Since the signing of the Declaration of Principles in March 2015, the tripartite negotiations have had no official mediator. The United States, the World Bank and the AU had sponsored previous negotiation rounds and participated as observers.
Despite the inability of international and regional observers to make progress in the negotiation process, Africa watchers believe Gulf countries — given their ties with all parties to the dispute — are well placed to mediate in a manner that could bring together all those involved and achieve progress.
Musaed Abdel Ati, a professor of international law and a member of the Egyptian Society of International Law, stressed the importance of mediation in the GERD dispute. He told Al-Monitor, “Mediation is the legal means to settle the dispute. It must be impartial and fair to all the parties to the conflict. This was applied during the World Bank and the US sponsorship of the talks, which culminated in the Washington deal.”
Abdel-Ati added, “Although it is difficult to start new negotiations under Gulf mediation due to lack of time in light of Ethiopia's insistence to begin filling the dam, such negotiations could yield positive results if Ethiopia responds.”
He went on, “Egypt showed flexibility and this allowed the Washington deal to be drafted last February. It wants to reach a fair agreement that takes into account the interests of all parties.”
Abdel-Ati called out Ethiopia for its arrogance and “arbitrary” positions that violate international law and threaten international peace and security. Yet, he noted, “Ethiopia could renounce the second stage of the dam’s filling under regional and international pressure.”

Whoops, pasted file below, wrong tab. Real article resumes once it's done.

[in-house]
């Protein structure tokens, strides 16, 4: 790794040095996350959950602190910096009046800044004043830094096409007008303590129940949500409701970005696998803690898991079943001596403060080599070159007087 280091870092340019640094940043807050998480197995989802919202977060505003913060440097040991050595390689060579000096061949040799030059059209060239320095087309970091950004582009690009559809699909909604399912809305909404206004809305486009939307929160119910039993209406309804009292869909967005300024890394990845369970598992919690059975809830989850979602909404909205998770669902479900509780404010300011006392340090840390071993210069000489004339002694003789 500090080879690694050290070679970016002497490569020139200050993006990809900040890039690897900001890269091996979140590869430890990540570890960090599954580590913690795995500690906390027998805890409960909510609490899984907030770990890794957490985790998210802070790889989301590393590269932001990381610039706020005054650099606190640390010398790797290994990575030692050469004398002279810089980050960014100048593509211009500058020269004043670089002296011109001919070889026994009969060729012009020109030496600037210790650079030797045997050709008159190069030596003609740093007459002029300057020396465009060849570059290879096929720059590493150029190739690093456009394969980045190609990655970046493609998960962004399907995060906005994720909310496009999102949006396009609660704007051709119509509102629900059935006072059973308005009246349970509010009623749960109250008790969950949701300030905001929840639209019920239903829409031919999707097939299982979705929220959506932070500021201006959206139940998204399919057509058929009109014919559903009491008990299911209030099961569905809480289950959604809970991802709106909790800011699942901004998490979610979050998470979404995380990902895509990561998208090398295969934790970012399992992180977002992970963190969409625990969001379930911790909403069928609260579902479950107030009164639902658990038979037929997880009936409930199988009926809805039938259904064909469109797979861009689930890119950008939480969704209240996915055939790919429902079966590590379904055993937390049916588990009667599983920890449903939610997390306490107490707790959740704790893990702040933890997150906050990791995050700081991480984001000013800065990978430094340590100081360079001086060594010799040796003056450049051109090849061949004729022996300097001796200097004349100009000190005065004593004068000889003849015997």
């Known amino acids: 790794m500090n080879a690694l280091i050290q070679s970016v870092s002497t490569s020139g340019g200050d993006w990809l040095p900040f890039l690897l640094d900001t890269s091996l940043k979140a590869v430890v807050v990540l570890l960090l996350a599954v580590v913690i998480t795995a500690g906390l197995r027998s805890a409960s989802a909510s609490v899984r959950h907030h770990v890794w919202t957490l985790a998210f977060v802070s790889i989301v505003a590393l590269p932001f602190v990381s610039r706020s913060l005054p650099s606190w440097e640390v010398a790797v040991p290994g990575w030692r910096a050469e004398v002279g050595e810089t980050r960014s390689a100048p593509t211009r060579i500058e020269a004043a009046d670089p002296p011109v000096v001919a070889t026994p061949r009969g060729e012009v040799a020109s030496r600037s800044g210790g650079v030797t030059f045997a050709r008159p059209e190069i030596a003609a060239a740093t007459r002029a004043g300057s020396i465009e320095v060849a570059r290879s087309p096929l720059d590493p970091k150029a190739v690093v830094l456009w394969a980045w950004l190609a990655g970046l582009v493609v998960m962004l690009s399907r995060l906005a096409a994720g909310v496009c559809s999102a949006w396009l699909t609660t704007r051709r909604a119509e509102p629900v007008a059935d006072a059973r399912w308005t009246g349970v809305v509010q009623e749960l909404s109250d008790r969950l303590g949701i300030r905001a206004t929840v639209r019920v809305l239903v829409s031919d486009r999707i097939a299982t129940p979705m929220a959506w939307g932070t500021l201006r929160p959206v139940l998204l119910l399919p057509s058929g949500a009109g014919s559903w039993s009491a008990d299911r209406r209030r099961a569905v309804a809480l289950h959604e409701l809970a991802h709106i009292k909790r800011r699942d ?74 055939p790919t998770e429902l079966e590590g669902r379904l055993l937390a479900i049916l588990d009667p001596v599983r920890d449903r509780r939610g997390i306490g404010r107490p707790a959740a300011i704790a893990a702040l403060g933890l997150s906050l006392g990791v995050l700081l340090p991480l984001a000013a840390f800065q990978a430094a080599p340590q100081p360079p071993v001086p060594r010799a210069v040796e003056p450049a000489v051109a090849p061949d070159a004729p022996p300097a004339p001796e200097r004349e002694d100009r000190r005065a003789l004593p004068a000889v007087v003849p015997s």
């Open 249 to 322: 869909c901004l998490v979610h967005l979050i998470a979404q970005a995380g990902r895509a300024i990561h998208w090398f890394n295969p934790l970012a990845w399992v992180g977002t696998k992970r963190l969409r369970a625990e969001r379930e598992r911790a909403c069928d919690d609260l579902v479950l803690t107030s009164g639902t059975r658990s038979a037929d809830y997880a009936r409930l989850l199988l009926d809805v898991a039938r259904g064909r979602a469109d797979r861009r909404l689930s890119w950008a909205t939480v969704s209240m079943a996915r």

Hani Raslan, head of the Sudan and Nile Basin Countries Unit at Al-Ahram Center for Political and Strategic Studies, disagrees. He told Al-Monitor, “While Saudi mediation is being promoted in the media,” Riyadh's announcement “came a bit too late. Negotiations have been stumbling for more than 10 years while the Gulf kept mute despite its good relations with Egypt.”
Raslan believes the Saudi initiative’s chances for success are limited by the same Ethiopian intransigence that hindered Washington from making additional progress. “Ethiopia is going through difficult internal circumstances, and it has come very close to achieving its goals of dominating the Blue Nile. It will only make concessions under strong pressure. Saudi Arabia could provide incentives, grants or aid, but it does not have the ability to impose pressure.”
He continued, “Efficient pressure on Ethiopia may stem from a joint Gulf and US initiative. The US has several trump cards in its sleeves, especially in light of the Tigray region crisis and the critical situation in which the [Ethiopian] government finds itself.”
With Joe Biden as the US president, Washington announced it was delinking a US pause on Ethiopia aid from its policy on the dam.
US State Department spokesman Ned Price said Feb. 19 that the Biden administration will review US policy on the GERD and will assess the role it can play in facilitating a solution between the countries.
Meanwhile, US or Gulf mediation remains just an idea at this point, awaiting a strong initiative that can break the hard-line Ethiopian position and postpone the filling of the reservoir until until after coordination with Egypt and Sudan to resolve concerns on expected risks.